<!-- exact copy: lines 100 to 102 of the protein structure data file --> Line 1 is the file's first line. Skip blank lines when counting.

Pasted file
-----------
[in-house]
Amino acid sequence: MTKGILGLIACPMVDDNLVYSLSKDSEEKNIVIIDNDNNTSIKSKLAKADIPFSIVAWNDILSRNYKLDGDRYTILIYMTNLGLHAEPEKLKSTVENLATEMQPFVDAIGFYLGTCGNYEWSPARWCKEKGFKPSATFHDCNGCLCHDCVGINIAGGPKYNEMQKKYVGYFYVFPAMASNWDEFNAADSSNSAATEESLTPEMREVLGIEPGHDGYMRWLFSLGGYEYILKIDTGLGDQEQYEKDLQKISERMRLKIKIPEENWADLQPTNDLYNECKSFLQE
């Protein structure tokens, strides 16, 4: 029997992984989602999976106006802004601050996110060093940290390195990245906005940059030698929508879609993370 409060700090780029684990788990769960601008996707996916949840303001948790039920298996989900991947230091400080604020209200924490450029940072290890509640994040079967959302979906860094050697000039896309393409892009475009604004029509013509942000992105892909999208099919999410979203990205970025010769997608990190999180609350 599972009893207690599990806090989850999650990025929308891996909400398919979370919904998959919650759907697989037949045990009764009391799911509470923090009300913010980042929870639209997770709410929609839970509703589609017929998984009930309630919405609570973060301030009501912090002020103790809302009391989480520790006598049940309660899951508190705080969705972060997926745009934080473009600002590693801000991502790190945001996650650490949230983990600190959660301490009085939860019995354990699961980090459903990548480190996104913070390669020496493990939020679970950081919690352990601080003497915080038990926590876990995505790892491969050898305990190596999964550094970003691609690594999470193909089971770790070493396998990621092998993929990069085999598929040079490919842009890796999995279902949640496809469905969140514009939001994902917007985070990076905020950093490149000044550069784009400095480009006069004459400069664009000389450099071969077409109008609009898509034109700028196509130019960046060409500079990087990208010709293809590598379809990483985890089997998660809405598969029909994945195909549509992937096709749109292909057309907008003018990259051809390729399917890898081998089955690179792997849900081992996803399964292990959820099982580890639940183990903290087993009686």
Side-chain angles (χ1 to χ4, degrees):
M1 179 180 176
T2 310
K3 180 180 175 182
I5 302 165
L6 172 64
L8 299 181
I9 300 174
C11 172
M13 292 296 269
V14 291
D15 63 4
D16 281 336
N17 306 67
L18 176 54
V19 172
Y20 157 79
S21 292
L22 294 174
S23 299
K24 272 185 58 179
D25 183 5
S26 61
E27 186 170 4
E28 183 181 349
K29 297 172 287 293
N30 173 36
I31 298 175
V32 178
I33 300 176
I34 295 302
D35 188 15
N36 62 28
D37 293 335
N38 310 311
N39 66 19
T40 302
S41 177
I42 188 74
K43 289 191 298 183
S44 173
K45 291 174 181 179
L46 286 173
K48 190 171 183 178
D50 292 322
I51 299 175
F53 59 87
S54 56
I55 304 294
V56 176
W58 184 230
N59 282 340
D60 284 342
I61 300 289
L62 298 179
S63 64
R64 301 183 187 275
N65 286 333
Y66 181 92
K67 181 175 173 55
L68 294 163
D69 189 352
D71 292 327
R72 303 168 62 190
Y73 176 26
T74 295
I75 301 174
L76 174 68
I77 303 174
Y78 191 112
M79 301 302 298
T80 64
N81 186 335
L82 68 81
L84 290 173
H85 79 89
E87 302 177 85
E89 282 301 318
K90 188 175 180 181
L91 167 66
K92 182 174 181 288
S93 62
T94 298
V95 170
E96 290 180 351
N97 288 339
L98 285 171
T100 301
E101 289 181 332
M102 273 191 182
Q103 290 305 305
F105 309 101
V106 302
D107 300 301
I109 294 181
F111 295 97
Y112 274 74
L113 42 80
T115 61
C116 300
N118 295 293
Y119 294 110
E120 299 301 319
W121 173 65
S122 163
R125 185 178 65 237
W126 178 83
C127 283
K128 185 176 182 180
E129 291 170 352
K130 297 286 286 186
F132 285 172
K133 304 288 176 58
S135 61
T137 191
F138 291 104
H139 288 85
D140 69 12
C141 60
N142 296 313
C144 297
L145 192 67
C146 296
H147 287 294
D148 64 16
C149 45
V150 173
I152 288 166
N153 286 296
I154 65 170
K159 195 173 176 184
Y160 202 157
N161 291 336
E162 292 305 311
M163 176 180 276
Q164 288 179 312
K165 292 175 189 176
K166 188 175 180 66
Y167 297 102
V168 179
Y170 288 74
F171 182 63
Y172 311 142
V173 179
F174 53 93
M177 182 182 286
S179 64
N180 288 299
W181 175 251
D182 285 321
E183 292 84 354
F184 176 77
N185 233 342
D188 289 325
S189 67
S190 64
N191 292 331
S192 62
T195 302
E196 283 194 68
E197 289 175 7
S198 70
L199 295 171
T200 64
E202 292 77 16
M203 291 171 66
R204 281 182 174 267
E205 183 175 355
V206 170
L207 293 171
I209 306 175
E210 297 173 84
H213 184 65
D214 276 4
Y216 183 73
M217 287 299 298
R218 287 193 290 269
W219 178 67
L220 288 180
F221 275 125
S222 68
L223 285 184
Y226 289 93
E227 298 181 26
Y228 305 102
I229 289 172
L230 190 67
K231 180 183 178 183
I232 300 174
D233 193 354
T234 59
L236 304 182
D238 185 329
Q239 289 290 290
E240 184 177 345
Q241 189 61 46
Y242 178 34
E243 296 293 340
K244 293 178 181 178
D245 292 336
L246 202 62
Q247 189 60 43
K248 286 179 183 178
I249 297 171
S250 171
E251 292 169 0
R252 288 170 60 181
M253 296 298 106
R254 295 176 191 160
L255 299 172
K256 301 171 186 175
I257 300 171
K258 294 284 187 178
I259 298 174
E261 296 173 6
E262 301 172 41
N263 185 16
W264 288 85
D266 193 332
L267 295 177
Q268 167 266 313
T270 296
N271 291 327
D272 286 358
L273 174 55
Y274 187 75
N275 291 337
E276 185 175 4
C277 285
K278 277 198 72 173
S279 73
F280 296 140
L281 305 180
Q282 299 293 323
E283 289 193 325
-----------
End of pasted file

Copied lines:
Y112 274 74
L113 42 80
T115 61